[PD] pdmtl abstractions questions and comments
fbar at footils.org
Mon Jul 2 10:01:30 CEST 2007
Mathieu Bouchard hat gesagt: // Mathieu Bouchard wrote:
> >this follows the http://puredata.info/docs/developer/CodeGuidelines
> Ok, I don't particularly remember reading them back when they were posted.
> Now that I read them I'd like to say that the part about namespaces is
> quite bad: if I make a more descriptive name for a class that is really a
> lot like [poil], it would be something that ends in "_poil". However this
> means that a prefix is added to the name. The same section says that
> prefixes are to be turned into geiger namespaces, that is, folders. Let's
> say that the folder is named "patate". But then I cannot use the original
> [poil] anymore in that folder because pd picks up the locally defined
> [patate/poil] as being poil itself, hiding the prefixless [poil] that I
> need. Therefore a prefix is required. Then I might call it
> patate/patate_poil.pd, but that's redundant, so I remove the folder so
> that it's just called [patate_poil], and then we're back to prefixes.
> However if pd wasn't doing that and if there wasn't [import] then the
> slash wouldn't be anything more than a tilted underscore. So what are
> those guidelines good for?
Actually that is why I didn't yet use directory prefixes for my
abstraction libraries, especially the [list]-abs. Without their
prefix -- [list]-abs is using a dash instead of an underscore or a
slash, because underscores are harder to type on german keyboards and
because not following guidelines leads to more fun in life --, objects
like [list-abs] or [list-moses] are impossible to use in Pd anyways,
as [abs] and [moses] are builtins.
So a prefix directly in the object name is necessary. "list-" to me
looked like the most natural choice - and it doesn't need "Shift" on
german keyboards to type, so I was set.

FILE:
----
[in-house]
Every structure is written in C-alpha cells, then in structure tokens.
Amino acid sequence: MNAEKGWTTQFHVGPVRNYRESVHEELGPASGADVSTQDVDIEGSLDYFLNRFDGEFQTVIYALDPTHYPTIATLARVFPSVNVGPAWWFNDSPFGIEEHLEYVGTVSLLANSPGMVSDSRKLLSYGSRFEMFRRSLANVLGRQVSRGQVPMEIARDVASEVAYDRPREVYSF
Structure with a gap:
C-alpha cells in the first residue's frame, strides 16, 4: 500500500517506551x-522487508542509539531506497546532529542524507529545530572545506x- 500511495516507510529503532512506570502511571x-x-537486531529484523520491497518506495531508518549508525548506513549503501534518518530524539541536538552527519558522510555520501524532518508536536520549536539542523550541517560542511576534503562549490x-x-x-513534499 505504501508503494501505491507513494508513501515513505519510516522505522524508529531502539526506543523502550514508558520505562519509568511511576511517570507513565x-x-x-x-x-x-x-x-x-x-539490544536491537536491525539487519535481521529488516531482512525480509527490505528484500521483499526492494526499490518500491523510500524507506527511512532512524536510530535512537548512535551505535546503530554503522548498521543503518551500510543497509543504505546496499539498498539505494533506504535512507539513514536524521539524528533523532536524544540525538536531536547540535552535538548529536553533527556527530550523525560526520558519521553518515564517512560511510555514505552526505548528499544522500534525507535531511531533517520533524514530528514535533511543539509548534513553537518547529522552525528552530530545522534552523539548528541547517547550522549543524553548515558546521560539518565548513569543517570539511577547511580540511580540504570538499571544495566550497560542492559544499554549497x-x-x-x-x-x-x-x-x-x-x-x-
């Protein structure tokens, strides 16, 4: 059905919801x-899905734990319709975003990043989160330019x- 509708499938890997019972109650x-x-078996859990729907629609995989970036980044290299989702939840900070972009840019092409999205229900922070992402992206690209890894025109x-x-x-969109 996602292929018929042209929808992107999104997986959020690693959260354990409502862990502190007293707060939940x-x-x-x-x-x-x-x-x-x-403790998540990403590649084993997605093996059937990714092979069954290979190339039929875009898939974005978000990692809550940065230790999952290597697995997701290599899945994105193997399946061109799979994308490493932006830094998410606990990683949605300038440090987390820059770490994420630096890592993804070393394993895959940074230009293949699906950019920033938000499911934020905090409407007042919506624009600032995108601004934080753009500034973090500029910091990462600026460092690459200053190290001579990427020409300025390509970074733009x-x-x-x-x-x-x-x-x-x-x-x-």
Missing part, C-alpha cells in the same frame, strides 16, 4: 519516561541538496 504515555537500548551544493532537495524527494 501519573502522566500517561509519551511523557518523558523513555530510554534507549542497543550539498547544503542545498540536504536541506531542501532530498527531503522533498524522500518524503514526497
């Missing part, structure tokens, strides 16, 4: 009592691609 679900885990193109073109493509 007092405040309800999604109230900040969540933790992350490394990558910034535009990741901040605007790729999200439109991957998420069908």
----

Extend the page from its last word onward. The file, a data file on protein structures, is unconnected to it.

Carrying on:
The choice of pdmtl was "list/". Another good and obvious choice, but
to me it doesn't really have any advantages over "-" (and needs
"Shift" on german keyboards...) Unless you stick to unused names only,
you always need to keep the prefix in the object name.
If someone else does an abstraction collection for lists, I'd say,
"list_" or "list." are two other good choices.
Where directory prefixes shine however is for making packages of
externals and abstractions. Pd-extended is the prime example: It can
ship all five [counter] objects, which would be impossible without
subdirectories for each collection. Whether shipping five counters is
desirable is debatable, but at least people have a choice.
However shipping objects (or classes, as you suggest to call them) in
subdirectories creates a possibly uncomfortable side effect: It
introduces an additional, possible prefix: the directory name. So
people start to use objects called [list-abs/list-abs] just because
for packaging reasons, list-abs.pd in pd-extended lives in a directory
called "list-abs". Now that's what I call redundancy: Instead of one,
we get two prefixes. At least my help-files still work.
pdmtl may face a similar or worse problem when people start using
objects with names like [pdmtl/list/op]. Here not only help-files will be
broken, as the help file "list/op-help.pd" uses an object called
[list/op] which is unavailable unless "pdmtl" is in the path.
Actually all objects using [list/x]-objects are broken then!
To somehow be prepared for that pdmtl would need to use [import] or
[declare -path ..] in every abstraction, and take note, that [declare
-path ..] will also activate all other subdirectories of ptmtl for
that patch - mostly this won't be a problem.
All this to me seems to kind of pervert what Guenther Geiger actually
intended when suggesting directory prefixes and initiating the
CVS-repository. Instead of shipping five [counter]s, one [counter]
would be shipped as the default [counter] directly in extra, other
counters would be hidden in subdirectories for special use, but be
deprecated. The reality now is, that [flatspace] announces that it is
deprecated, and the "Path" window is filled with more entries than it can
> I think that category names have to be figured out pretty quick if people
> are expected to start using the names in backwards-compatible ways. Else
> you get into what is called "bit rot" - a program is not just the contents
> of source files, it's also a set of relationships with its environment,
> and especially, its direct dependencies.
[list-abs/list-abs] is bit-rot.
> >Tags instead of categories would be much better.
> If you mean that there wouldn't be namespaces and instead there would be a
> non-arborescent taxonomy whose purpose would still be to organise similar
> objects together documentation-wise, then I would say that I agree.
I had to look up arborescent, after that I agreed, too.
Frank Barknecht _ ______footils.org_ __goto10.org__
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